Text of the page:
“Foundations” is a series of informal question-and-answer sessions with employees and others affiliated with The William and Flora Hewlett Foundation to give them an opportunity to explain their work.

Julie Fry is a program officer with the Foundation’s Performing Arts Program. Before joining the Foundation in 2007, she was associate vice president for fund services at The San Diego Foundation. She also was the first director of its Arts & Culture Program, for which she developed strategies to engage more donors and community members to support the arts through research, community outreach, and funding partnerships. Before that, she was director of arts and business programs at the San Diego Performing Arts League, where, among other accomplishments, she established the program Lawyers for the Arts. Earlier in her career, she worked for the Business Arts Council in San Francisco and Business in the Arts: North West in Liverpool, England, where she helped build arts and business partnerships.

Fry received a B.A. in economics and French from the University of Wisconsin-Eau Claire and an M.B.A. from the University of St. Thomas in Houston, Texas.

Supporting a healthy environment for the arts in the Bay Area entails more than funding performance groups. Tell us about the grants the Hewlett Foundation makes to arts councils and the thinking behind that.

Arts councils do a broad range of work that varies by organization and region. They organize open studio tours to bring the public in to see the work of individual visual artists. Some have really great Web sites that tell people about events. Others do arts education, putting individual artists in partnerships with schools. They also work with Chambers of Commerce to encourage cultural tourism.

We support four arts councils in the Bay Area: Sonoma, Santa Cruz, Napa, and Santa Clara. These Councils work every day with local arts organizations, helping us understand our current grantees and bringing to our attention potential grantees-good organizations that we don’t yet fund. As a result, they are some of our strongest partners in helping us identify economic and cultural issues specific to their regions. They’re another way for us to support the health of individual arts organizations.

In some cases, arts councils also re-grant money we give them. Our smallest grants typically are to organizations with budgets of at least $100,000, but there are great smaller organizations that do innovative and exceptional work. The councils keep us aware of these smaller arts groups, as well as individual artists, who are even harder for large foundation to track and support.  Lastly, councils also help us spread the word about things we want to publicize, like new initiatives we’re undertaking.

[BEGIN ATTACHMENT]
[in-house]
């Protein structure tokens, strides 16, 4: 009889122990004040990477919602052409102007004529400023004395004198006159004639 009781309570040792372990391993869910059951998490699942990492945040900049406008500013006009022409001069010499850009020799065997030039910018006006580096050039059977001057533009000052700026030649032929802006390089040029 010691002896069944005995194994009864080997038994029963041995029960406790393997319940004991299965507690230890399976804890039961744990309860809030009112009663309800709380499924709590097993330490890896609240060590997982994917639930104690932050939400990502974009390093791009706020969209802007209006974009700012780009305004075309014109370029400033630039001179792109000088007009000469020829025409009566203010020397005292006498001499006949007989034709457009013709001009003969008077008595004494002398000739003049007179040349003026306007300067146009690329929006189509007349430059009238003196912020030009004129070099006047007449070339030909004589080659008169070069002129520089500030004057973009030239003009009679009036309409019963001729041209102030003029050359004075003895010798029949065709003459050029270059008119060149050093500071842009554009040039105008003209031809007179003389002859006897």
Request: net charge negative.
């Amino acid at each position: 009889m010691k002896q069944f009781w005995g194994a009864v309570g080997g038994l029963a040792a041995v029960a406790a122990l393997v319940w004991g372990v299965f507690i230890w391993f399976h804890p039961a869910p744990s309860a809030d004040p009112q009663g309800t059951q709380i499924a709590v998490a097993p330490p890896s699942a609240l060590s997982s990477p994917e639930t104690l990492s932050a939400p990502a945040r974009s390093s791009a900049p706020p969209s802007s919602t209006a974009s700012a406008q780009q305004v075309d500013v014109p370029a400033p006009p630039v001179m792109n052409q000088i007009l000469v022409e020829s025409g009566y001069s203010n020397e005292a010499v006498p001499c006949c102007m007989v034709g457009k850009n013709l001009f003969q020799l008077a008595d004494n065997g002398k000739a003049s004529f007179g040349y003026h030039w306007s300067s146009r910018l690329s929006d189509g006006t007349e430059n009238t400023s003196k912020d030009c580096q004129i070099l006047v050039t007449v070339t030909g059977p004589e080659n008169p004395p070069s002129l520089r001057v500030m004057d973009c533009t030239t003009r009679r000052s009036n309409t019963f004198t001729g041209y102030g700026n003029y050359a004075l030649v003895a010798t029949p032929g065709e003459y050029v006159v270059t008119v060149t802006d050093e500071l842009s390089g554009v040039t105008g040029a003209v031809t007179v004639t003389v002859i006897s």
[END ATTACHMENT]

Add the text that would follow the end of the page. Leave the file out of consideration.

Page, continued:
In addition to arts councils, we fund a variety of other organizations that support the arts, such as the Alliance for California Traditional Arts and the Creative Work Fund of the Walter & Elise Haas Fund, which make grants to individual artists and small arts organizations. Later this year, we’re planning to review the work of these organizations in the hope it can make Hewlett even more effective in supporting the region’s artists and cultural organizations.

Hewlett’s Performing Arts and Education programs have teamed up to explore ways to improve arts education in California’s public schools. Why did you embark on that work?

In 2005, the Education and Performing Arts programs first started looking for ways to build future audiences for the arts, and one important element of that is ensuring today’s students learn about the arts. Students aren’t just future audiences. They’re future artists, arts leaders, patrons-and part of a creative workforce. And what we discovered, anecdotally at least, was that there wasn’t a lot going on in arts education in California’s public schools. Starting in the late 1970s, the state initiative Proposition 13 reduced funding available to schools by capping property taxes, and many school offerings, arts among them, began to be eliminated. Then in the 1990s, an emphasis on math and reading inadvertently pushed the arts further to the side.

Our first step was to get some hard data. We commissioned the research firm SRI International to identify exactly what kind of arts education was still being offered and to whom. And the findings, published in the 2007 report “An Unfinished Canvas – Arts Education in California: Taking Stock of Policies and Practices,” confirmed everyone’s fears. For example, 89 percent of California’s elementary schools weren’t offering arts education in the four disciplines called for in state guidelines introduced in 2000: visual arts, music, dance, and theater.